WHEN the first rapturous sensation occasioned by these excellent tidings had somewhat subsided, Edward proposed instantly to go down to the glen to acquaint the Baron with their import. But the cautious Bailie justly observed, that if the Baron were to appear instantly in public, the tenantry and villagers might become riolous in expressing their joy, and give offence to “ the powers that be,” a sort of persons for whom the Bailie always had unlimited respect. He therefore proposed that Mr. Waverley should go to Janet Gellatley's and bring the Baron up under cloud of night to Little Veolan, where he might once more enjoy the luxury of a good bed. In the meanwhile, he said, he himself would go to Captain Foster, and show him the Baron's protection, and obtain his countenance for harbouring him that night, and he would have horses ready on the morrow to set him on his way to the Duchran along with Mr. Stanley," whilk denomination, I apprehend, your honour will for the present retain," said the Bailie.

“ Certainly, Mr. Macwheeble ; but will you not go down to the glen yourself in the evening to meet your patron?"

“That I wad wi' a' my heart; and mickle obliged to your honour for putting me in mind o' my bounden duty. But it will be past sunset afore I get back frae the Captain's, and at these unsonsy hours the glen has a bad name-there's something no that canny about auld Janet Gellatley. The Laird he'll no believe thae things, but he was aye ower rash and venturesome and feared neither man nor deevil-and sae's seen o't. But, right sure am I, Sir George Mackenzie says, that no divine can doubt there are witches, since the Bible says thou shalt not suffer them to live ; and thal no lawyer in Scotland can doubt it, since it is punishable with death by our law. So there's baith law and gospel for it. An his honour winna believe the Leviticus, he might aye believe the Statute-bookbut he may tak his ain way o't; it's a’ane to Duncan Macwheeble. However, I shall send to ask up auld Janet this e'en ; it's best no to lighlly them that have that character-and we'll want Davie to turn the spit, for I'll gar Eppie put down a fat goose to the fire for your honours to your supper."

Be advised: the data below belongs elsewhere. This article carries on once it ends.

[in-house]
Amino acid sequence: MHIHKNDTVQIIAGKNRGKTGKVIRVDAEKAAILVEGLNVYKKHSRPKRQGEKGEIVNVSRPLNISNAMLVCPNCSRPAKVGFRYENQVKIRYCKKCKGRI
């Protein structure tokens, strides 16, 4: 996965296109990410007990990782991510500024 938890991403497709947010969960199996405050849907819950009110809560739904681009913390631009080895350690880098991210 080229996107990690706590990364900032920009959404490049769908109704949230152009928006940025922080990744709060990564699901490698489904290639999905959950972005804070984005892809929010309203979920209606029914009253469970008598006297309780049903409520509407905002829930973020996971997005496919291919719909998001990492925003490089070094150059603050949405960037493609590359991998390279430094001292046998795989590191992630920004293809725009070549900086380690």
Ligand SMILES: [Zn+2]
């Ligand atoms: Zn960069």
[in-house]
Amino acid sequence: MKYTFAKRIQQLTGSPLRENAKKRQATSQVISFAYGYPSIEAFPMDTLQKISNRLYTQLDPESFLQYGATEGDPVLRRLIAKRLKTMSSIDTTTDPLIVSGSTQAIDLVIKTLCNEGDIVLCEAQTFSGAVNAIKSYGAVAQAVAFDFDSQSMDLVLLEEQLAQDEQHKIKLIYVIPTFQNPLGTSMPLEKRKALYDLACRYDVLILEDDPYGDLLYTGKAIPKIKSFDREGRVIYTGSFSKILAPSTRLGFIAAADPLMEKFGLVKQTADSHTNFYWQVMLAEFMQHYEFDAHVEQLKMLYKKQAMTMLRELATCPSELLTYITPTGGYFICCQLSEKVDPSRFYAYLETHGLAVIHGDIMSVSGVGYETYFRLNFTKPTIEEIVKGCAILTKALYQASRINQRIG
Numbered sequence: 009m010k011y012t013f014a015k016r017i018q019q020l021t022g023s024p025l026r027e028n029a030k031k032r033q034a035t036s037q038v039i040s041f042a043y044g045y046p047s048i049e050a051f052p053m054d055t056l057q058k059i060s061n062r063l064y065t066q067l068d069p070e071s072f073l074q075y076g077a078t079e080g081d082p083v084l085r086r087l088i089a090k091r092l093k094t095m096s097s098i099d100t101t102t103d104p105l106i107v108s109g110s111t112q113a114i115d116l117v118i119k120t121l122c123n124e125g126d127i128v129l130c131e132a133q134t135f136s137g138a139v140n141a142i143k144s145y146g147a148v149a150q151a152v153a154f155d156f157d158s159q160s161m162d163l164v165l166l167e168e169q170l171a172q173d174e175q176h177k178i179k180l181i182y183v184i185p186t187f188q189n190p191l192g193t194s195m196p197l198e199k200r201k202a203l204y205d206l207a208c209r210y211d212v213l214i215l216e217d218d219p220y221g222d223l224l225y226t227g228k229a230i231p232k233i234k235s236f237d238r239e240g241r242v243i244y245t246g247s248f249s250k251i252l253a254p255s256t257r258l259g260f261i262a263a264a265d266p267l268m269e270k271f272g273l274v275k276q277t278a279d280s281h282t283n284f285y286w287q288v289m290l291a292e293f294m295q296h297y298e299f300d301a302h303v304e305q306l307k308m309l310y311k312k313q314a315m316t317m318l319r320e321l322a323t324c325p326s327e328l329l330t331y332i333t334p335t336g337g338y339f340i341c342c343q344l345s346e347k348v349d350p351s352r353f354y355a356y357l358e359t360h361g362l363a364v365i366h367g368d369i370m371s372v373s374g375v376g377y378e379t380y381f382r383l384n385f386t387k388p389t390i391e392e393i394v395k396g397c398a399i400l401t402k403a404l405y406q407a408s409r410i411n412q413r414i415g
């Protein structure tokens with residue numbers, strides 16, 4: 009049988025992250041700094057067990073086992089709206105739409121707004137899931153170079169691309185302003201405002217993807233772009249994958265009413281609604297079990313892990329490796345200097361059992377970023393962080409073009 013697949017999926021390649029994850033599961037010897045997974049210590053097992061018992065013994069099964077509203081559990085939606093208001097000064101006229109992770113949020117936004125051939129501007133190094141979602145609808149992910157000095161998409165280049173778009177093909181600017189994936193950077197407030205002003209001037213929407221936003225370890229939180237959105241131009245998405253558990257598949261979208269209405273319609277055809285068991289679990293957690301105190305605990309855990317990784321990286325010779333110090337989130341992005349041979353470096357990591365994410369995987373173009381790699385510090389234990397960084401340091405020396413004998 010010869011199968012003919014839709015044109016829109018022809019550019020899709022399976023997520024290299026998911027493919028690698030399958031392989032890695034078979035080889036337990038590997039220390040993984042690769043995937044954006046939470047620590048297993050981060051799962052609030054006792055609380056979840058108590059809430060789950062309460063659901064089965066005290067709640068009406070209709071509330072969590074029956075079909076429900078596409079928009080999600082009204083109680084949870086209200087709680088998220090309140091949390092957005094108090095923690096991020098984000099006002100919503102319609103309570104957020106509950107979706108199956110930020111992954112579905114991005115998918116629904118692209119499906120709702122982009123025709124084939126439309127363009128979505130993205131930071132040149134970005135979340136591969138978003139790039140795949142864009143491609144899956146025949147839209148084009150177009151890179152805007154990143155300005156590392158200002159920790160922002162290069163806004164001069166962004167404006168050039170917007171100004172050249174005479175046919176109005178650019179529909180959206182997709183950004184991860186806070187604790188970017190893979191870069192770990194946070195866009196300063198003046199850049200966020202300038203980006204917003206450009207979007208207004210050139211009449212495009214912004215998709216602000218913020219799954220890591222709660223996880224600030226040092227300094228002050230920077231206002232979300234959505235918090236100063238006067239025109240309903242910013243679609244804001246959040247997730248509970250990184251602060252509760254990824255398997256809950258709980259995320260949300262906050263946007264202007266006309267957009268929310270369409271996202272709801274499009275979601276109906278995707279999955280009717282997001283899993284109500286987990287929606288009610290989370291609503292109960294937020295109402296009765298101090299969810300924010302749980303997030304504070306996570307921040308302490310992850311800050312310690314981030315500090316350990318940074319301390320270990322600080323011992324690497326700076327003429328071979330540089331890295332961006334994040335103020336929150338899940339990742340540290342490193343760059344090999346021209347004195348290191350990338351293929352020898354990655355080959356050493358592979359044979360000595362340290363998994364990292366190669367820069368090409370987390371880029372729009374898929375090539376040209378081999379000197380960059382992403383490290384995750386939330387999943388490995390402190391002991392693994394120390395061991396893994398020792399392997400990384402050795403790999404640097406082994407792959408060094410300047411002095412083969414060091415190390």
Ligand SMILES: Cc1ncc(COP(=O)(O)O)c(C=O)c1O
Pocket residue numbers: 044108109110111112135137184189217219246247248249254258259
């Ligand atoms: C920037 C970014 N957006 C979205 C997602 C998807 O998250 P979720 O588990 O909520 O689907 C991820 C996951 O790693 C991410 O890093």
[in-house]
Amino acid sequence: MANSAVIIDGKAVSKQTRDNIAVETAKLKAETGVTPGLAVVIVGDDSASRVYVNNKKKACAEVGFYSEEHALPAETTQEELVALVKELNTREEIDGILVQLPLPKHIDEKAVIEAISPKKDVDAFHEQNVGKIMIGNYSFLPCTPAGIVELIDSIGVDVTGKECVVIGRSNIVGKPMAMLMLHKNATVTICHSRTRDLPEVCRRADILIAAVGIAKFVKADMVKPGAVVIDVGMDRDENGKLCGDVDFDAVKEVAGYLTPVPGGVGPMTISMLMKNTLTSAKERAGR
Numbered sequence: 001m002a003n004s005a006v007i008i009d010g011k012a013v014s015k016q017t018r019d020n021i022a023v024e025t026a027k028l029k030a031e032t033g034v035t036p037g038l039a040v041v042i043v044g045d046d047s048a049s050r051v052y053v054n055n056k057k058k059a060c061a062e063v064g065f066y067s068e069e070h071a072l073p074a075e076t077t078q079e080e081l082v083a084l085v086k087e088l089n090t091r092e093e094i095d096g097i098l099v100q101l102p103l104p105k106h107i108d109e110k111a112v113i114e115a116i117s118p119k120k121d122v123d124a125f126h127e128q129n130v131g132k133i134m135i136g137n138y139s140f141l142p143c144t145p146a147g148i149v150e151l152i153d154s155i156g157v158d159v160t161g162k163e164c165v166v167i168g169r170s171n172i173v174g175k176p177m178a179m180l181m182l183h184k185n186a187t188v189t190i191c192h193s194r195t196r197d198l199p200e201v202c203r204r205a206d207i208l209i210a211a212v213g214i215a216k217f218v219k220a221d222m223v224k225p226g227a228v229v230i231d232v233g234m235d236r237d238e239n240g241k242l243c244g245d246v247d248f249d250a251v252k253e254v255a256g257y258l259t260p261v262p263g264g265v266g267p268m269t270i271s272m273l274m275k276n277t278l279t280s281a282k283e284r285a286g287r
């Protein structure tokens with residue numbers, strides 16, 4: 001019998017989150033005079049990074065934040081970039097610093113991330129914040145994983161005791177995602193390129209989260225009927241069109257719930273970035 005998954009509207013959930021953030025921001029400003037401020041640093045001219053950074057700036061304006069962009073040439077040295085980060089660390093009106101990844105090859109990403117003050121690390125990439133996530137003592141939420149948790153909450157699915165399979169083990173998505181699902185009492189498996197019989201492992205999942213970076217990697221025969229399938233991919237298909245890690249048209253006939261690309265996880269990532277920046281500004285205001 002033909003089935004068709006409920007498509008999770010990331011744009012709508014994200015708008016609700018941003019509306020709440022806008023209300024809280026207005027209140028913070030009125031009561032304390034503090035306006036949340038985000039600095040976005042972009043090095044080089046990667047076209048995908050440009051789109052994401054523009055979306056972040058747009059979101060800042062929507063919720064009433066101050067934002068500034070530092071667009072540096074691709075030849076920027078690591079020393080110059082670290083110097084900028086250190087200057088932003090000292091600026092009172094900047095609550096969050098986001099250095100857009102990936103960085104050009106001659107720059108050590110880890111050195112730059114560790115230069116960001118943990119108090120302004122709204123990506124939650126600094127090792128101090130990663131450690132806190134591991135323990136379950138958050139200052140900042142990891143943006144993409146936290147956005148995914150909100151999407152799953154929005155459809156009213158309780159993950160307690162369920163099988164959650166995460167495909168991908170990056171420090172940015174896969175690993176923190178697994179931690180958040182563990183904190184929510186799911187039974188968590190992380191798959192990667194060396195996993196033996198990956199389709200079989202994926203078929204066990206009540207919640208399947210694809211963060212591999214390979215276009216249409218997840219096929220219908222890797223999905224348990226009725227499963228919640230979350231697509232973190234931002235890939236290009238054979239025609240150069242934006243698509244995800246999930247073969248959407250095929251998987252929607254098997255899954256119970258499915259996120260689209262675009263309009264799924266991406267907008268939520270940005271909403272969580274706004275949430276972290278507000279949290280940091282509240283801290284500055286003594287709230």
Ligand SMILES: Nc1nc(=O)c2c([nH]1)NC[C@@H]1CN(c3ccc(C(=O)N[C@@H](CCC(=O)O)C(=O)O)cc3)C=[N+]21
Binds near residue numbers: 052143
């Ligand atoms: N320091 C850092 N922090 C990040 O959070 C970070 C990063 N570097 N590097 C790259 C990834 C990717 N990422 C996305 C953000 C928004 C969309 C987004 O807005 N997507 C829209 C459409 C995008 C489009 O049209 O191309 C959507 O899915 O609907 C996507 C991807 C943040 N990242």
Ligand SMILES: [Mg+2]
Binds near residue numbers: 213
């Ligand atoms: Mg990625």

When it was near sunset, Waverley hastened to the hut; and he could not but allow that superstition had chosen no improper loca

lity, or unfit object, for the foundation of her fantastic terrors. It resembled exactly the description of Spenser :

“ There, in a gloomy hollow glen, she found

A little cottage built of sticks and reeds,
In homely wise, and wall'd with sods around,

In which a witch did dwell in loathly weeds,
And wilful want, all careless of her needs;